1990: Mon-Thu & Sun day games 1:20; Fri 1:20 or 2:20; Sat 12:15, 1:20 or 3:05; night games 7:05

1989: Mon-Fri & Sun day games 1:20; Sat 12:20, 1:20 or 3:05; night games 7:05 (except 4/29, 6:35)

April 29, 1989 was a Saturday; the Cubs were experimenting with an earlier starting time for Saturday night games, which were permitted under the original ordinance (two per year). 1989 was the first full season for night games. That evening wound up cold and windy and the Cubs and Padres combined for 11 errors in what manager Don Zimmer was quoted in the Tribune as calling "one of the worst baseball games ever." Kicker: five of the errors were made by future Hall of Fame second basemen Ryne Sandberg (two) and Roberto Alomar (three). The Cubs lost the game 5-4.

1988: Mon-Fri & Sun day games 1:20; Sat 12:20, 1:20, 2:20 or 3:05; night games 7:05

1987: All games 1:20, except scattered dates at 3:05

The Cubs experimented with 3:05 starting times on various dates from 1983-87; some of the weekend 3:05 games were mandated by national TV starting times.

1986: Mon-Thu & Sun 1:20; Fri 1:20 or 3:05; Sat 12:05, 12:20, 1:20, 2:20 or 3:05

1985: Mon-Fri 1:20 or 3:05; Sat 12:20, 1:20, 2:20 or 3:05; Sun 1:20

1984: Mon-Tue 1:20; Wed-Fri 1:20 or 3:05; Sat 12:20, 1:20, 2:20 or 3:05; Sun 1:20

1983: Mon-Fri 1:20 or 3:05; Sat 1:20, 2:20 or 3:05; Sun 1:20; doubleheaders, 12:05 (last scheduled DH at Wrigley was 7/3/83)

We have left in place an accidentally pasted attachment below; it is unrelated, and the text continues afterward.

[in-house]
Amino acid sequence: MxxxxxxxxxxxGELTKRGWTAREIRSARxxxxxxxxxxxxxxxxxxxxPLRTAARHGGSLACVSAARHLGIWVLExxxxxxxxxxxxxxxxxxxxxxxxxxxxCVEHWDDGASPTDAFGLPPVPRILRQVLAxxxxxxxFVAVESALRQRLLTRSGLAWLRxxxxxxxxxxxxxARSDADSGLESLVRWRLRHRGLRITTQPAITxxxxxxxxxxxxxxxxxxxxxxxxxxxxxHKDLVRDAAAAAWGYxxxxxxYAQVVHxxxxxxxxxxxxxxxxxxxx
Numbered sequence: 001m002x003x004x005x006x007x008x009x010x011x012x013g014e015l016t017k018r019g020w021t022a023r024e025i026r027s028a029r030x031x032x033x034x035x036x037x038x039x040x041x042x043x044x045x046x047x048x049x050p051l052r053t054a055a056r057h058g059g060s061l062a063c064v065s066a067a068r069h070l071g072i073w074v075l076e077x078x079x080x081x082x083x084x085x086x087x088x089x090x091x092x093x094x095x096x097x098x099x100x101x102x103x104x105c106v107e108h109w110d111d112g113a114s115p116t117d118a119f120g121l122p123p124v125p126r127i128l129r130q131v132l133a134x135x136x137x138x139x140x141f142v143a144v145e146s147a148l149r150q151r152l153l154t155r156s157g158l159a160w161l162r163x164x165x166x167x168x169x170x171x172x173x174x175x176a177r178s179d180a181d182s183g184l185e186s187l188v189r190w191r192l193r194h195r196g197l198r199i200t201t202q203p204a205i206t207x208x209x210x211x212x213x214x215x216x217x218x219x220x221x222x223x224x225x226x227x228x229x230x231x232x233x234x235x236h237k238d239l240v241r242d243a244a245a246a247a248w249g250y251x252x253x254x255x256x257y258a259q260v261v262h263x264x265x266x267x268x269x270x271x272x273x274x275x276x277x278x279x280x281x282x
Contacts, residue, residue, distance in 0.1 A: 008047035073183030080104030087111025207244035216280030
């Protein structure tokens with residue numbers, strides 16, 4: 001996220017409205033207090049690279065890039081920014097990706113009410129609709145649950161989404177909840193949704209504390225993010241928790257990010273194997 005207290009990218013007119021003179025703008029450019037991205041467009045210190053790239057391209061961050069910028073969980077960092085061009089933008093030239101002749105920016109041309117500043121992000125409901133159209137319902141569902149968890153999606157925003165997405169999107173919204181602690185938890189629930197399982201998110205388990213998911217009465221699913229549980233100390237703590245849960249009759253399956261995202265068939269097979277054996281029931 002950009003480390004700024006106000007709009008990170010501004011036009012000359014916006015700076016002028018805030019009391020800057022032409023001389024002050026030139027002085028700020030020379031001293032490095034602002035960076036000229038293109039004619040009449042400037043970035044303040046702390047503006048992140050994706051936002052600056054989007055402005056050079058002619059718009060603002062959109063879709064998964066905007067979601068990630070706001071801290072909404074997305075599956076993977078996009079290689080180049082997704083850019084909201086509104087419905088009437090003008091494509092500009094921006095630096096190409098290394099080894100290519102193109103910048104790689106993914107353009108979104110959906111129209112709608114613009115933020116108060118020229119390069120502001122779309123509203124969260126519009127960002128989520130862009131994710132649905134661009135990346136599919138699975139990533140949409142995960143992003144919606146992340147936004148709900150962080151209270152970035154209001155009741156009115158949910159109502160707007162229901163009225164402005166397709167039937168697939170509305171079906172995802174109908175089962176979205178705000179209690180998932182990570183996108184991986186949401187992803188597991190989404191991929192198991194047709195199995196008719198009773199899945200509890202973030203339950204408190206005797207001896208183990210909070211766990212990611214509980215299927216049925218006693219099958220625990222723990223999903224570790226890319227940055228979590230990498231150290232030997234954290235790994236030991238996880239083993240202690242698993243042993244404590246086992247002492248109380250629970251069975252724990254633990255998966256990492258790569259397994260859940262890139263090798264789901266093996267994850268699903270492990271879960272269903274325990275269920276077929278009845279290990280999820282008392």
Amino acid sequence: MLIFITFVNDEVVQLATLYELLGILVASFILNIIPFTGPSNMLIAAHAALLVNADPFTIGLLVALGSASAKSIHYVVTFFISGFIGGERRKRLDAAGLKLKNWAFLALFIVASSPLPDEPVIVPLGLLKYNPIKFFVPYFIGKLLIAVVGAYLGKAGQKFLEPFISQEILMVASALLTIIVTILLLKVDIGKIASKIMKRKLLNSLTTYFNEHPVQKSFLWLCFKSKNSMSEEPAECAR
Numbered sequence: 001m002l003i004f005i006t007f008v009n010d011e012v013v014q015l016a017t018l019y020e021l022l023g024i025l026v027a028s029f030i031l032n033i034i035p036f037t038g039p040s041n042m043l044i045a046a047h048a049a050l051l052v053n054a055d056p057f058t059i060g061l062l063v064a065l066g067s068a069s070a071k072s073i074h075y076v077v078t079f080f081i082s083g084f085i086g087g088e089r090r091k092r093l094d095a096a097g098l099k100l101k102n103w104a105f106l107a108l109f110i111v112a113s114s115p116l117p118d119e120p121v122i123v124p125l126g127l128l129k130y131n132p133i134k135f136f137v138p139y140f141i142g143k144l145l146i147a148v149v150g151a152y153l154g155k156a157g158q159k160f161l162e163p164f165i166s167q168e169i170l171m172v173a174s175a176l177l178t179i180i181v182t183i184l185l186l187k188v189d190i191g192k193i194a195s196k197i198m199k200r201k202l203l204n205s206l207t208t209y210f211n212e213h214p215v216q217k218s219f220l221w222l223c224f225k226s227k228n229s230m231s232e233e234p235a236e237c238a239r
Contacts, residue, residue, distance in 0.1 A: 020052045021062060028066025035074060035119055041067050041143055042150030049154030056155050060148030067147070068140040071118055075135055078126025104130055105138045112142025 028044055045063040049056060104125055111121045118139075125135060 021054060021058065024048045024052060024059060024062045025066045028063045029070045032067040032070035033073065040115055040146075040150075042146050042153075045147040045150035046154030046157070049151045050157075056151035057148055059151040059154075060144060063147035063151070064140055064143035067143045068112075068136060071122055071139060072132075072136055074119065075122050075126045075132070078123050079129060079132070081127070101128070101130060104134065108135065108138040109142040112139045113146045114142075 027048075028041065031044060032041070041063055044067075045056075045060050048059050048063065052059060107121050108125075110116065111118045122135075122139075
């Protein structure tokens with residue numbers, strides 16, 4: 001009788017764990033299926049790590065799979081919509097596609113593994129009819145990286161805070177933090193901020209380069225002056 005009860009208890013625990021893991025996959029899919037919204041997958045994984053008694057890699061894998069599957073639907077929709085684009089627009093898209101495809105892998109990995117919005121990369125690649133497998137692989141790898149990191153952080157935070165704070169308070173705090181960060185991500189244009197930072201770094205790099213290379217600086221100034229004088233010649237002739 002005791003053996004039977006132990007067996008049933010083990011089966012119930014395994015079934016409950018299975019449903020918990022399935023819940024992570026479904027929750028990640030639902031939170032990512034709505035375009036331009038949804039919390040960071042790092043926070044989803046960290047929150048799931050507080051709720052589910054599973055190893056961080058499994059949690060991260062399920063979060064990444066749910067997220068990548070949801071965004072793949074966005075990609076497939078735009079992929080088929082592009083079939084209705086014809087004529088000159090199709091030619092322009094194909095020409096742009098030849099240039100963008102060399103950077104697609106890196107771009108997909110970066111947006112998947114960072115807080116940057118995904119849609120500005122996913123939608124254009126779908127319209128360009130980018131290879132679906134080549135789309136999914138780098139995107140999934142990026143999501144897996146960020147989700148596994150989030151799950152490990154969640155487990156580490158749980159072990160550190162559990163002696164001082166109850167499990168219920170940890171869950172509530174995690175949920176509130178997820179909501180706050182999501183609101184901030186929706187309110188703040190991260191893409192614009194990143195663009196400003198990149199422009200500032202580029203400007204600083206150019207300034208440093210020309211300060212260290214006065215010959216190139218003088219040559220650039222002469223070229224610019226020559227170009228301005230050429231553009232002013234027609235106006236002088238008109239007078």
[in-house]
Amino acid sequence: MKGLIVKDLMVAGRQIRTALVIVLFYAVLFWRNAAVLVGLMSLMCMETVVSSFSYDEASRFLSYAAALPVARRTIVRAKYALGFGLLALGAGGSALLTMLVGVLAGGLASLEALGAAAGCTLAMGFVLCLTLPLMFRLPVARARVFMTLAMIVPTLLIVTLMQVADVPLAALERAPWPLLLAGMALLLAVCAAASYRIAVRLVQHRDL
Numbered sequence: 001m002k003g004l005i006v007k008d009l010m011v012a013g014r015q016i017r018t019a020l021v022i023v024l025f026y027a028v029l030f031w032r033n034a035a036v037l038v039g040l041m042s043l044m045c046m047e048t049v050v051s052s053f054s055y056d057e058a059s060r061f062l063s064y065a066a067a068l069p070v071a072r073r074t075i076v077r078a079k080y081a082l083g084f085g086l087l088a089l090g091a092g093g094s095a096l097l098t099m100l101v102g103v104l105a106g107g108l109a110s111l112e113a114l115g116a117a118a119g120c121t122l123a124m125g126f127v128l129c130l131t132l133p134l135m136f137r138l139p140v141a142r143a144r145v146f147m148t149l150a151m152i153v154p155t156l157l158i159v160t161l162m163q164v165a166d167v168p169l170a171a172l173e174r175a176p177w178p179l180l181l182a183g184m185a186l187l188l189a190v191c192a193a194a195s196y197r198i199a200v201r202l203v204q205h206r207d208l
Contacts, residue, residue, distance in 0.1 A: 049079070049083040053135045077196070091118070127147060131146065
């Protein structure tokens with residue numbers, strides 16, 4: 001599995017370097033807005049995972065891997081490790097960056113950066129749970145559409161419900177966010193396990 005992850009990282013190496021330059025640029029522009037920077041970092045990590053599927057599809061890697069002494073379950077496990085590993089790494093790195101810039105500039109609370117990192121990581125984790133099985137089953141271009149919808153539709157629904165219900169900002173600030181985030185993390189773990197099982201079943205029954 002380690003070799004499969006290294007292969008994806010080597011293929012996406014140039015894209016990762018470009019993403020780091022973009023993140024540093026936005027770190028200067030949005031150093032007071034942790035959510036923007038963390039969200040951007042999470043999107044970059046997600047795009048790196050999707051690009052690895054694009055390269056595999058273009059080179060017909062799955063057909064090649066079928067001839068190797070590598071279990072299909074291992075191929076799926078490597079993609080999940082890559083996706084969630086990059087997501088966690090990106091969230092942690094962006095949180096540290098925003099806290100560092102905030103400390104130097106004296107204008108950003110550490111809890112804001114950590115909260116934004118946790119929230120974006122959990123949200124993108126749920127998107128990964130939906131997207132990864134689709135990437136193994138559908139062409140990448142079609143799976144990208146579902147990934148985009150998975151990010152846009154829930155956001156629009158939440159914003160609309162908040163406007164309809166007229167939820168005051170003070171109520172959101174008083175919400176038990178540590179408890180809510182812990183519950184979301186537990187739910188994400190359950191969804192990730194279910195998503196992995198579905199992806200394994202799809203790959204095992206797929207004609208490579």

1980-82: Mon-Fri 1:35; Sat-Sun 1:20; doubleheaders, 12:05

The 1:20 starting time appears for the first time, but just for weekend dates. As you see above, weekday afternoon games didn't start at 1:20 until 1983.

1974-79: Mon-Fri 1:30; Sat-Sun 1:15; doubleheaders, noon

1967-73: Mon-Fri 1:30; Sat-Sun 1:15; doubleheaders, 12:30 (except 4/22/73, noon)

As you'll note below, doubleheader starting times started migrating earlier and earlier over the course of about 35 years, beginning in 1957. This was a tacit acknowledgment that games were running longer and longer. The reason for the April 22, 1973 doubleheader starting at noon instead of the 12:30 time otherwise in those years was that in 1973, Daylight Saving time didn't begin until April 29. The noon start for April 22 was scheduled because sunset on April 22, 1973 was 6:39 p.m. CST, and the extra half hour was intended to ensure that doubleheader was completed before it got dark. On that, they succeeded: based on the boxscore lengths of the two games and assuming 20-25 minutes between games, it ended around 5:10 p.m. Try doing that with a noon doubleheader in 2013.

After 1973, as noted above, and to this day, any daytime doubleheaders begin at noon. The last non-split doubleheader at Wrigley Field was against the Diamondbacks on August 3, 2006, necessitated because the previous night had been rained out, the two teams did not play again, and there were no common off days for a makeup game.

1965-66: Mon-Fri 1:30; Sat-Sun 1:15; doubleheaders, 1:15

1960-64: All single games 1:30; doubleheaders, 1:00

1959: Mon-Fri 2:00; Sat-Sun 1:00; doubleheaders, 1:00

The 2:00 starting time was yet another experiment. On April 10, 1959, the Tribune quoted Cubs GM John Holland:

"Football has proved the 1 p.m. start on weekends is sound. We've turned back the starting times of week-day games half an hour to give fans more time between lunch and the trip to the park."